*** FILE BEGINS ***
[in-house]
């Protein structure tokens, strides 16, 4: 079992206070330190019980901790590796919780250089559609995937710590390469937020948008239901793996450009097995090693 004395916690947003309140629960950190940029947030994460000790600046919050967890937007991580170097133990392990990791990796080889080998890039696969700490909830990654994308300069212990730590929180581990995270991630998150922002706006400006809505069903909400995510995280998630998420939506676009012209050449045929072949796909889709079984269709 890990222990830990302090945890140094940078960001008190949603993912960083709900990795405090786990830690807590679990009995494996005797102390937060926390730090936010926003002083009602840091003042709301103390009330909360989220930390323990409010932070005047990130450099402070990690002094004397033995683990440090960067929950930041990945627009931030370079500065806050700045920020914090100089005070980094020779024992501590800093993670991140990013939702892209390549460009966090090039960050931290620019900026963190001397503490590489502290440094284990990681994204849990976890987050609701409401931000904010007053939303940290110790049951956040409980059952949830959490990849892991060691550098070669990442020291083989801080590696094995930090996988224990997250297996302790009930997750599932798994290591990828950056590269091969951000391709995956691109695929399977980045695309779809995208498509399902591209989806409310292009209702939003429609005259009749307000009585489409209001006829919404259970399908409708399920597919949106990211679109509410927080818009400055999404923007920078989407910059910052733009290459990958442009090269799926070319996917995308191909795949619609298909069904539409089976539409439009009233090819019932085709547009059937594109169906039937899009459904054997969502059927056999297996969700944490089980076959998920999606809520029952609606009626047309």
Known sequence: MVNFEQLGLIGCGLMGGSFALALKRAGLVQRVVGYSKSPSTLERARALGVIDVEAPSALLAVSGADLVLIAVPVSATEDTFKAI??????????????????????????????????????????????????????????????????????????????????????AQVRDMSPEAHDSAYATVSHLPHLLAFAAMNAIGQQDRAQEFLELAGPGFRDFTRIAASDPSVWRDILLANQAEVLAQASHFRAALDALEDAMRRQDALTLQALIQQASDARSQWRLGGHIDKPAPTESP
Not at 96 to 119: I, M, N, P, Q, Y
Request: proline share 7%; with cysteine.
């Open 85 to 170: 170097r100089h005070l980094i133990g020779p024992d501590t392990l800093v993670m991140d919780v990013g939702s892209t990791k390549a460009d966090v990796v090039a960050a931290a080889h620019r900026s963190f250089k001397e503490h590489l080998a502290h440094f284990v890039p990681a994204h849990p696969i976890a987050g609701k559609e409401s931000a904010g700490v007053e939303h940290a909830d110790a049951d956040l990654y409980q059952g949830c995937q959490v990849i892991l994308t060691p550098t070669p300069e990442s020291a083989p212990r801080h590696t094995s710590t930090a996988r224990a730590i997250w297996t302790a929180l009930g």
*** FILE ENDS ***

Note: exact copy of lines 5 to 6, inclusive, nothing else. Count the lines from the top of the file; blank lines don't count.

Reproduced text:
Request: proline share 7%; with cysteine.
């Open 85 to 170: 170097r100089h005070l980094i133990g020779p024992d501590t392990l800093v993670m991140d919780v990013g939702s892209t990791k390549a460009d966090v990796v090039a960050a931290a080889h620019r900026s963190f250089k001397e503490h590489l080998a502290h440094f284990v890039p990681a994204h849990p696969i976890a987050g609701k559609e409401s931000a904010g700490v007053e939303h940290a909830d110790a049951d956040l990654y409980q059952g949830c995937q959490v990849i892991l994308t060691p550098t070669p300069e990442s020291a083989p212990r801080h590696t094995s710590t930090a996988r224990a730590i997250w297996t302790a929180l009930g």